There’s a central, important contradiction to the show, which is our ad-exec main character feels enormously, existentially detached from the materiality of everyday life—the very things, concepts, and ideas he is meant to be hawking (except, perhaps, for Hershey bars).
Wenders is more directly present here than he is in Buena Vista or Pina, but even if we see him in the frame early on, directing his cameraman, it’s clear that Salt is Sebastião’s show—the film never descends into the kind of essayistic indulgence of his earlier documentaries.
The quasi-autobiographical nature of Monteiro’s late work comes to a conscious conclusion with Come and Go, which unfolds like a retrospective of its lead character’s—and, by extension, its director’s—various conquests and convictions, before summoning death and ending in a kind of aural benediction.
Standard Gauge, at 35 minutes, was made using a 1000-foot reel of 16mm film (the running time purposefully matches the film’s subject; Fisher has often called himself a “literalist”). This extensive length occasioned, for Fisher, a complex orchestration of time and footage.
As Manny Farber helpfully pointed out, “a film cannot exist outside of its spatial form.” But La Sapienza takes space as its literal subject, how the environments we build for ourselves, either architecturally or emotionally, create room for the known and the unknown.
So, with this piece, I want to look at what, exactly, we saw, and what I think that means. I’ll do that by revisiting a film whose pan-and-scan presentation struck me, at the time I rented it, in the dying days of VHS, as a pinnacle of the pan-and-scan format: Michael Winterbottom’s 2000 drama The Claim.
"I had the impression as a child, from the age of five on, that man exists through language. Here, I had the impression that the world didn’t exist through language. What was around me seemed unreal, so I sought a reality in literature, later in other arts and music, cinema also, very much."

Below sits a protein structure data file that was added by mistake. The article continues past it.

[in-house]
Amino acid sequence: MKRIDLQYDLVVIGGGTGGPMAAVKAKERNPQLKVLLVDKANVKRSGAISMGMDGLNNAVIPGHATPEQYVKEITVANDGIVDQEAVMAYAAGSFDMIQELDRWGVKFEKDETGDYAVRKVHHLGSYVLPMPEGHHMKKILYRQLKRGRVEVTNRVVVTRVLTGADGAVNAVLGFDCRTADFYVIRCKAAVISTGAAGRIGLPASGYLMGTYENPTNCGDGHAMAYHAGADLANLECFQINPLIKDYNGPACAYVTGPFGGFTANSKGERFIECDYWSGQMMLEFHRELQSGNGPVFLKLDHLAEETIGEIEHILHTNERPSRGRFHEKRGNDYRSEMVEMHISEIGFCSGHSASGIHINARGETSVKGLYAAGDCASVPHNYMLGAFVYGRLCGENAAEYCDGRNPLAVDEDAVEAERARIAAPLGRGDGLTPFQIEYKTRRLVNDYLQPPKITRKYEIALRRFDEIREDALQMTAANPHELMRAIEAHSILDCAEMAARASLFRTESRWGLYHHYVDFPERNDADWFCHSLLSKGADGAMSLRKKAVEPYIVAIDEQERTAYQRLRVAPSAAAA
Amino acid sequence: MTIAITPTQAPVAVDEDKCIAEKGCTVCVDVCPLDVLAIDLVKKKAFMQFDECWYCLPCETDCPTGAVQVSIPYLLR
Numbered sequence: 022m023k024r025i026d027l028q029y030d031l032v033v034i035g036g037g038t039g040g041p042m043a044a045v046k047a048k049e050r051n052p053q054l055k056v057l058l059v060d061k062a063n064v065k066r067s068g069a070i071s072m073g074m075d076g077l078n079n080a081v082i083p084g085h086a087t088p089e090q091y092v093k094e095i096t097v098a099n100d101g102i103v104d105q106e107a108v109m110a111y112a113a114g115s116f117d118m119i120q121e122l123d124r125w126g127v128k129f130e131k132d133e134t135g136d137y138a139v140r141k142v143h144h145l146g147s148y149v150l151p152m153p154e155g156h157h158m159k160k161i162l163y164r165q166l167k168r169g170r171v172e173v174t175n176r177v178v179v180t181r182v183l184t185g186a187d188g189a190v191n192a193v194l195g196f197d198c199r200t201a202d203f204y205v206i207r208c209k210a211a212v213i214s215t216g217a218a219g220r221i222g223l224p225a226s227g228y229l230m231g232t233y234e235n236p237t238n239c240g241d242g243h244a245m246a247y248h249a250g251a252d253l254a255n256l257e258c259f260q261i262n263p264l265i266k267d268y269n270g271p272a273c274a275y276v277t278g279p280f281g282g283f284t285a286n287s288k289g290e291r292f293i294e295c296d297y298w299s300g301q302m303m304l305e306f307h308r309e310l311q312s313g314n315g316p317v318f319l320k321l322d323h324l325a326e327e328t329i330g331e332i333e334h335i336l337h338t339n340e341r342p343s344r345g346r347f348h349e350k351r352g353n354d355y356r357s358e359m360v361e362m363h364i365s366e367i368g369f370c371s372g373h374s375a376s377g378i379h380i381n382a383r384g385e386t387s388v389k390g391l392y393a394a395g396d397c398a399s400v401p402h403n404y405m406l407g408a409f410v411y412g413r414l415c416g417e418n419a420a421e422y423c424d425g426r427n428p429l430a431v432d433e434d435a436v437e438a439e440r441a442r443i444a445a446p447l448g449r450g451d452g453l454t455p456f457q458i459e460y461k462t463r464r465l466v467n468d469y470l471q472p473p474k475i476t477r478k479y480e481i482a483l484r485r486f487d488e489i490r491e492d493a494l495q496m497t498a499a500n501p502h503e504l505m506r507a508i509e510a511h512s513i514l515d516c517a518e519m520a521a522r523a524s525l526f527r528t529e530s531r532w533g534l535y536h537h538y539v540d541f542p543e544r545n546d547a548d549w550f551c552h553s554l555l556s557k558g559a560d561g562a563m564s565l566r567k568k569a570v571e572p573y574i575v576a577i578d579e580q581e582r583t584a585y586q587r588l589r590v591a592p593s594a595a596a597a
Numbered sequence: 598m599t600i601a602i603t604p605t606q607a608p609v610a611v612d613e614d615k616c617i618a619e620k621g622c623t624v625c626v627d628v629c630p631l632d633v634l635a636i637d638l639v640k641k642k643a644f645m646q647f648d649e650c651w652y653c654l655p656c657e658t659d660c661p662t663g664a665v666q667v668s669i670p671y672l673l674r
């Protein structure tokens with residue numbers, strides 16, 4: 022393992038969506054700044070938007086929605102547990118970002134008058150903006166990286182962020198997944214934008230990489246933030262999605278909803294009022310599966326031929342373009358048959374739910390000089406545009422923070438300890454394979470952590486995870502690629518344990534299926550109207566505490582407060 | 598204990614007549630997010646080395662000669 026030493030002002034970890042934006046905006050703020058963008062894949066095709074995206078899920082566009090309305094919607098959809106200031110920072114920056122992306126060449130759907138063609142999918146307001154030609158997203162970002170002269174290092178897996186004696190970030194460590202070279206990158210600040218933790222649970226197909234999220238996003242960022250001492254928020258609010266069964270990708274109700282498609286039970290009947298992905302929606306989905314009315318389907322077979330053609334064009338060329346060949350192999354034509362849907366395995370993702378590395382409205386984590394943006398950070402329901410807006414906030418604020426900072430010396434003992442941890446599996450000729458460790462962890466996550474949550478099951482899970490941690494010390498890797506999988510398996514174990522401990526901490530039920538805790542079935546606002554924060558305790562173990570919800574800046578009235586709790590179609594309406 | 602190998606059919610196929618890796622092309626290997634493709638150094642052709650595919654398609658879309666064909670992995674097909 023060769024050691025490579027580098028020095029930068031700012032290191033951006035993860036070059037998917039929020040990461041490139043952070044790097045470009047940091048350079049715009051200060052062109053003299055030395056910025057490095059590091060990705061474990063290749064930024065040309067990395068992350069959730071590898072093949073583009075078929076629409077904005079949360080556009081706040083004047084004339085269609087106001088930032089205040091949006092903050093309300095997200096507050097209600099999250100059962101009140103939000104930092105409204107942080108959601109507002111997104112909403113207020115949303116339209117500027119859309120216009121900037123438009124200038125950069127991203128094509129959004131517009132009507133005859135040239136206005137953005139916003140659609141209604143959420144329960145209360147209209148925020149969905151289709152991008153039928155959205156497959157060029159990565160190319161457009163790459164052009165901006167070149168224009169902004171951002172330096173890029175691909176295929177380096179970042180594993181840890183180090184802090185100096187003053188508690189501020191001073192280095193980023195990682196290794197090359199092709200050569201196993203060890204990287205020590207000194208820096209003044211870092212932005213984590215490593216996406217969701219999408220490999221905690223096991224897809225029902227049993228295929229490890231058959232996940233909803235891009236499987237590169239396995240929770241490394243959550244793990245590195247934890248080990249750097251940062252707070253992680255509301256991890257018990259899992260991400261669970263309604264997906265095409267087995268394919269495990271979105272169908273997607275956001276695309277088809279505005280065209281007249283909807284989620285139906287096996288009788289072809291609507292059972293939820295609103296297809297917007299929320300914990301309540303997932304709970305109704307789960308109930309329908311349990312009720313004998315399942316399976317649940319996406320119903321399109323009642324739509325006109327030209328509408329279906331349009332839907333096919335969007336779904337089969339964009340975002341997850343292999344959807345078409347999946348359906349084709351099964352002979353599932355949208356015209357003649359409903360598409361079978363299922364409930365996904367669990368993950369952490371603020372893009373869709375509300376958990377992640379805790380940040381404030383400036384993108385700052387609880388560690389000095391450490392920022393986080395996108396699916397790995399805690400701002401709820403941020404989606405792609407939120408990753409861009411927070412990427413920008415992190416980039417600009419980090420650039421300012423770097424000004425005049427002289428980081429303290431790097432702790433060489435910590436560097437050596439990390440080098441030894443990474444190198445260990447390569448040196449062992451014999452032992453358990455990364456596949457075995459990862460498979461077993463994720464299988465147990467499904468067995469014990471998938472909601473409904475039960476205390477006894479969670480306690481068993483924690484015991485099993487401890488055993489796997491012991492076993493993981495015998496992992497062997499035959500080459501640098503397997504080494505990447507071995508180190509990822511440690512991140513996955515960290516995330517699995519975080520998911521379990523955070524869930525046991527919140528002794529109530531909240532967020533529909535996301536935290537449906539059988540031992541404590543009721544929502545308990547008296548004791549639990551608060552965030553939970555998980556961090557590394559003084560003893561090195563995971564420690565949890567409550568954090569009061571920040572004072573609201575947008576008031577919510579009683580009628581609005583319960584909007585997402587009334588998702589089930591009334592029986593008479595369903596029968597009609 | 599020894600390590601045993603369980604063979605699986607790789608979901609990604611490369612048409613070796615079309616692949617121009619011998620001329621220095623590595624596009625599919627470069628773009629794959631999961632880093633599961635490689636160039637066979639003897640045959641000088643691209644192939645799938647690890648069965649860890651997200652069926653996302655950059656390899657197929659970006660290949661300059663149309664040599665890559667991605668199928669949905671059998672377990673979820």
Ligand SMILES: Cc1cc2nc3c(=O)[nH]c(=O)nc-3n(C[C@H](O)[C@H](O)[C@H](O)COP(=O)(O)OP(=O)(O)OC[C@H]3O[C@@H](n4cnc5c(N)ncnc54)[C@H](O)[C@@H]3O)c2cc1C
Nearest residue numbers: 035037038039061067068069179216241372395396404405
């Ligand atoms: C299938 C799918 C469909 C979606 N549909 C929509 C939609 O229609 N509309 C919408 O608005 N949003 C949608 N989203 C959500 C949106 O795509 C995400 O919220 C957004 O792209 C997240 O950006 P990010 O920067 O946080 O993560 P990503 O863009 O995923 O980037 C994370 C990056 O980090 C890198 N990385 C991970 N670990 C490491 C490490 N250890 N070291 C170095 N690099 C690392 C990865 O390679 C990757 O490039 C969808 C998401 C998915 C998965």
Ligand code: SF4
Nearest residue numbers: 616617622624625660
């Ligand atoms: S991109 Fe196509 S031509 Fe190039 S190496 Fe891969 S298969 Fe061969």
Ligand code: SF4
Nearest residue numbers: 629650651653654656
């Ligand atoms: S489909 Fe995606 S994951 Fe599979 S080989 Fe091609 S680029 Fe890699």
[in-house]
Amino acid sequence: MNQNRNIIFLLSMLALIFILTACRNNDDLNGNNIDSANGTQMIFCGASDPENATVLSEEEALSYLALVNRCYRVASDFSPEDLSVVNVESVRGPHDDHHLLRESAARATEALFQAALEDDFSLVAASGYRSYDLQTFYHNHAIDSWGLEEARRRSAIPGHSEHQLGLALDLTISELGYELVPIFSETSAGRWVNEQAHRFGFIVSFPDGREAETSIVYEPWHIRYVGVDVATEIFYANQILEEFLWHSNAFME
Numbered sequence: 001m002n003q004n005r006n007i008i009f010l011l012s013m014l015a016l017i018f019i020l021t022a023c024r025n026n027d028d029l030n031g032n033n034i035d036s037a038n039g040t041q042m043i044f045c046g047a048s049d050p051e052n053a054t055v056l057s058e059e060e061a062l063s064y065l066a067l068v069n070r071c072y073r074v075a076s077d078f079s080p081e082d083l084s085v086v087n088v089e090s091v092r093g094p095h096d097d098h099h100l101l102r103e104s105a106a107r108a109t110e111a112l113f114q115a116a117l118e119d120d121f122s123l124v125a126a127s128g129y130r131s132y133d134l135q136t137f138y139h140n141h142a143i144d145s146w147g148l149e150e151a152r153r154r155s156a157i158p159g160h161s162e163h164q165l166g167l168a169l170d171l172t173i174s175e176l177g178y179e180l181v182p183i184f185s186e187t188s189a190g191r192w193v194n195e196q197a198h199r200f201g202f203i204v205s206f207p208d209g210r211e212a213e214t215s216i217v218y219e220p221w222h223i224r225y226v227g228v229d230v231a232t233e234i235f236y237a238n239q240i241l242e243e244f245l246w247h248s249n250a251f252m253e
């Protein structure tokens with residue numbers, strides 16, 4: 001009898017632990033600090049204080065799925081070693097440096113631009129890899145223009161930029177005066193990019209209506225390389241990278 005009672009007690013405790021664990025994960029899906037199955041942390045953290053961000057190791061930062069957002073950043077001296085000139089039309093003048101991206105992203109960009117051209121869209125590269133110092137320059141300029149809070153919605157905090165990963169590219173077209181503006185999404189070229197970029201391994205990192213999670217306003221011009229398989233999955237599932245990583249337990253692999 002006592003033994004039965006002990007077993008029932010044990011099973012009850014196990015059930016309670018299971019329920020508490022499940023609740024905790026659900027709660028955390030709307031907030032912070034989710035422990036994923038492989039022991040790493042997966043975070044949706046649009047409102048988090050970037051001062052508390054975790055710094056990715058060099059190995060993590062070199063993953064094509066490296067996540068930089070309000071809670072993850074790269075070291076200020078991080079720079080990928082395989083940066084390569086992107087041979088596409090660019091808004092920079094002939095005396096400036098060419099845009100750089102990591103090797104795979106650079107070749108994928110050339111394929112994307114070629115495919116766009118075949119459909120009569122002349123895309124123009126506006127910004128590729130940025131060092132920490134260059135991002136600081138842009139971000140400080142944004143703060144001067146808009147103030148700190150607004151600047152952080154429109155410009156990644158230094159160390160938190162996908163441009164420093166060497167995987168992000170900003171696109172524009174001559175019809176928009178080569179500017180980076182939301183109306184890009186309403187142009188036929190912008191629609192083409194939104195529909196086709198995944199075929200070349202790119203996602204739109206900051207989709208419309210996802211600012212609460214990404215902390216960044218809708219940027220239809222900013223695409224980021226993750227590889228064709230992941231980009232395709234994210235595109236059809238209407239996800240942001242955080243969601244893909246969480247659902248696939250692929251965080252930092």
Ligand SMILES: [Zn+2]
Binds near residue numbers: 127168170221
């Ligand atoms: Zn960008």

The film proceeds as a series of vignettes, mostly interiors, almost entirely shot with a stationary camera, a self-imposed rule which Hausner will here and there violate for a slight pan or a slow zoom, her austerity coming up just shy of that found in the period pieces of Rossellini or Straub-Huillet.
“I like the title because it puts you in the space of a legend, one of those cities like El Dorado. Maybe we think we’re in something more like a fairy tale, or a fabula. The film doesn’t exist. It’s not real. It’s been created. I like the film in that place.”
With Jauja Alonso follows the ever-widening orbit his films have been tracing even further, nudging his trademark concerns away from the largely observational, vaguely romantic cinema of his earlier work into something considerably more expansive, playful, even supernatural.
Mitchell and his cinematographer Michael Gioulakis do the concept justice with an unnerving aesthetic approach that makes the film’s timeless suburbia as much a character as any of the terrified kids who populate it. Imagine Sofia Coppola’s daydreamy The Virgin Suicides transformed into a twilit nightmare.